1st Grade: SC.1.L.14.2 Identify the major parts of plants, including stem, roots, leaves, and flowers.
3rd Grade: SC.3.L.14.1 Describe structures in plants and their roles in food production, support, water and nutrient transport, and reproduction.

Virginia: Standards: 1.4; K.7; 3.1; 4.1; 5.1; 6.1
Kindergarten:
K.7 The student will investigate and understand basic needs and life processes of plants and animals. Key concepts include
a) animals need adequate food, water, shelter, air, and space to survive;
b) plants need nutrients, water, air, light, and a place to grow to survive;
c) plants and animals change as they grow, have varied life cycles, and eventually die; and
d) offspring of plants and animals are similar but not identical to their parents or to one another.
1st Grade:
1.4 The student will investigate and understand that plants have basic life needs and functional parts and can be classified according to certain characteristics. Key concepts include
a) plants need nutrients, air, water, light, and a place to grow;
b) basic parts of plants; and
c) plants can be classified based on a variety of characteristics.
3rd Grade:
3.1 The student will demonstrate an understanding of scientific reasoning, logic, and the nature of science by planning and conducting investigations in which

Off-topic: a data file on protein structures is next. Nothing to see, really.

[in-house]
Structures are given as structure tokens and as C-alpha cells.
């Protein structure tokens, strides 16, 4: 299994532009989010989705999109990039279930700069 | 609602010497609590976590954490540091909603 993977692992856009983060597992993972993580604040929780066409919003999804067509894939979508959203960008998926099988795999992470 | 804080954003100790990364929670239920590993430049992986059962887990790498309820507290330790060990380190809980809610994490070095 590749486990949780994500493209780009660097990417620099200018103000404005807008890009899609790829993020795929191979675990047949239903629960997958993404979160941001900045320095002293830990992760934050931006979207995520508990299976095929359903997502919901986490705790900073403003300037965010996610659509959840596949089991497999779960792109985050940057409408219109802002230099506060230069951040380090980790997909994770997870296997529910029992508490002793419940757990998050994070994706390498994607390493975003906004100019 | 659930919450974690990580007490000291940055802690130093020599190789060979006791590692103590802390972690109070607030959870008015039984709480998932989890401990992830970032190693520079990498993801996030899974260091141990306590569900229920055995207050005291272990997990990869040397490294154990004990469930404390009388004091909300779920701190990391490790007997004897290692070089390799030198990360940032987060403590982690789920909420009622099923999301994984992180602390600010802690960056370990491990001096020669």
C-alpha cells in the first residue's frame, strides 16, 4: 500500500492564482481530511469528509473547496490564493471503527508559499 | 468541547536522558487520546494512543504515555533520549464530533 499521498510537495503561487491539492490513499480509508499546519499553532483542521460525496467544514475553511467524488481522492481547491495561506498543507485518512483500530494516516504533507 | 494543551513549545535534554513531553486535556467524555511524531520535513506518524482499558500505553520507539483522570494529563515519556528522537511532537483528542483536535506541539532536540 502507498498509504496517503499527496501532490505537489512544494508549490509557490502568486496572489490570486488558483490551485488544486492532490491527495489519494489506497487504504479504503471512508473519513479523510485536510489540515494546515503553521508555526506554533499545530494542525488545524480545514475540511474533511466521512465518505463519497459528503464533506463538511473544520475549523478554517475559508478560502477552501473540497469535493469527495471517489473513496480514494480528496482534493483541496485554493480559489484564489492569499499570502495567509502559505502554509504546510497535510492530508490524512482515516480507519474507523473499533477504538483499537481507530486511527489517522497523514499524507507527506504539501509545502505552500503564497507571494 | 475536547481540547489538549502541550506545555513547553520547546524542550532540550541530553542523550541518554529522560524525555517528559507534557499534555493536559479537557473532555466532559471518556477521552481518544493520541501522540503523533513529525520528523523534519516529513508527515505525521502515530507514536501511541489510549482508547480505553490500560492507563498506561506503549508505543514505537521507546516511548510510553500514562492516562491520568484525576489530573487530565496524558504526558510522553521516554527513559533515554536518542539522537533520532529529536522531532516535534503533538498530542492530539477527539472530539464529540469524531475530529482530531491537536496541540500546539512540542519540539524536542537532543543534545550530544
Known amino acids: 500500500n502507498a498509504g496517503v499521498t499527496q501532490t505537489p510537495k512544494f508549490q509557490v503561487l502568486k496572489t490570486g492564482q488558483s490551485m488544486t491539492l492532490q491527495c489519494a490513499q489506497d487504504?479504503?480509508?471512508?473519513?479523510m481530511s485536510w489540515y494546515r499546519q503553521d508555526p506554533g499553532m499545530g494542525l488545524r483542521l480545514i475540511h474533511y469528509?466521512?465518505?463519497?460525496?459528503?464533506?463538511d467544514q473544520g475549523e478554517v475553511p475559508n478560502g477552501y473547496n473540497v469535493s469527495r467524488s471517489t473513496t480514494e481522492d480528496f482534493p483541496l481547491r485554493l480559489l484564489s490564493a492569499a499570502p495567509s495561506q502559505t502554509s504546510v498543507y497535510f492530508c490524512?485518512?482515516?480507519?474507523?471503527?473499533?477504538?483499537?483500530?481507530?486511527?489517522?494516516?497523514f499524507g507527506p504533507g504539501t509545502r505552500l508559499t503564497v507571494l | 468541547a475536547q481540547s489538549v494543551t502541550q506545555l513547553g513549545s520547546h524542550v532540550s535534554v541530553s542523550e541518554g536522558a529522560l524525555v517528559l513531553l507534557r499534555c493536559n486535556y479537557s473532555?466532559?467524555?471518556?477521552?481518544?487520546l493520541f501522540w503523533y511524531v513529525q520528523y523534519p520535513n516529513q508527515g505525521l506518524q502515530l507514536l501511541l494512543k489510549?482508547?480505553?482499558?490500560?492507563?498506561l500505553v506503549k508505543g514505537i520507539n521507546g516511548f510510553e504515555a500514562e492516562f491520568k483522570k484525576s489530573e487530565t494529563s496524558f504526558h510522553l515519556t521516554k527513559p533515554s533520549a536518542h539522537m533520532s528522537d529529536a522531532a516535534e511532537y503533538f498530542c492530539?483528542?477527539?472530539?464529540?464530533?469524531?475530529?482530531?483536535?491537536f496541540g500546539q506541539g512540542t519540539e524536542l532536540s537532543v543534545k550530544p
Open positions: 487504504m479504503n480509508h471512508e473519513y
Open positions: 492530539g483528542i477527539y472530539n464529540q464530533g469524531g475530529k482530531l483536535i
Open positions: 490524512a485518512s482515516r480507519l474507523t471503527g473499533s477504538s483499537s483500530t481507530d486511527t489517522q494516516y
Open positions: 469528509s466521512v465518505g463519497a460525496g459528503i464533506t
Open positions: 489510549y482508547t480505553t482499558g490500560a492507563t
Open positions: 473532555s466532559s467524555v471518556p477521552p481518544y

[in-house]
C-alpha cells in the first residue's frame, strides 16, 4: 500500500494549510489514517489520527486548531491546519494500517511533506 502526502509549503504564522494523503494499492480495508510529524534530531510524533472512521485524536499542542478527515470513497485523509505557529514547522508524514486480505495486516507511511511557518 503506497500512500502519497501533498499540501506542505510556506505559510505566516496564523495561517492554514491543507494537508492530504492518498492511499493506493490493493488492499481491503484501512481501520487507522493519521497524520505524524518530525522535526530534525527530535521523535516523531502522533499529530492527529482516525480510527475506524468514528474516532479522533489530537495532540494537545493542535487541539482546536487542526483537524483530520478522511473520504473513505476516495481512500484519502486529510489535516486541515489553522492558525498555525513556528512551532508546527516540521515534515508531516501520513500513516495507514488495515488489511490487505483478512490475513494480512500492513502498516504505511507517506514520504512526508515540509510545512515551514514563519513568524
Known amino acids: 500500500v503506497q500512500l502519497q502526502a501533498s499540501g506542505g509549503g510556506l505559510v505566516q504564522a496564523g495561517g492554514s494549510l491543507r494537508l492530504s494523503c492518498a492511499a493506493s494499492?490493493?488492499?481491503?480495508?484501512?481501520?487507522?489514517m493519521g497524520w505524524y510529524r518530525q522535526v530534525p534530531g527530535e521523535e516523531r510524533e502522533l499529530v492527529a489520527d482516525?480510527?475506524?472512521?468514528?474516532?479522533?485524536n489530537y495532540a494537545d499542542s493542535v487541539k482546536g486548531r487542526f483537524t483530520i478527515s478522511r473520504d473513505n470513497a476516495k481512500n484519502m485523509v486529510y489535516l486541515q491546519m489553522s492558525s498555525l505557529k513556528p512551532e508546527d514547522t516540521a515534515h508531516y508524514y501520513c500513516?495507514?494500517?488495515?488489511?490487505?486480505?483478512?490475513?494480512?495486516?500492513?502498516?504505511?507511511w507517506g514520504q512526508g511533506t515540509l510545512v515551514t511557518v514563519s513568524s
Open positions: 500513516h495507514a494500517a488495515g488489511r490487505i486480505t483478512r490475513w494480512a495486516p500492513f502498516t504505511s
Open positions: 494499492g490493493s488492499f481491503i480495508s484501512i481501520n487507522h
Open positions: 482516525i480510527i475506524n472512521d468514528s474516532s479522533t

a) observations are made and are repeated to ensure accuracy;
b) predictions are formulated using a variety of sources of information;
c) objects with similar characteristics or properties are classified into at least two sets and two subsets;
d) natural events are sequenced chronologically;
e) length, volume, mass, and temperature are estimated and measured in metric and standard English units using proper tools and techniques;
f) time is measured to the nearest minute using proper tools and techniques;
g) questions are developed to formulate hypotheses;
h) data are gathered, charted, graphed, and analyzed;
i) unexpected or unusual quantitative data are recognized;
j) inferences are made and conclusions are drawn;
k) data are communicated;
l) models are designed and built; and
m) current applications are used to reinforce science concepts.
4th Grade:
4.1 The student will demonstrate an understanding of scientific reasoning, logic, and the nature of science by planning and conducting investigations in which
a) distinctions are made among observations, conclusions, inferences, and predictions;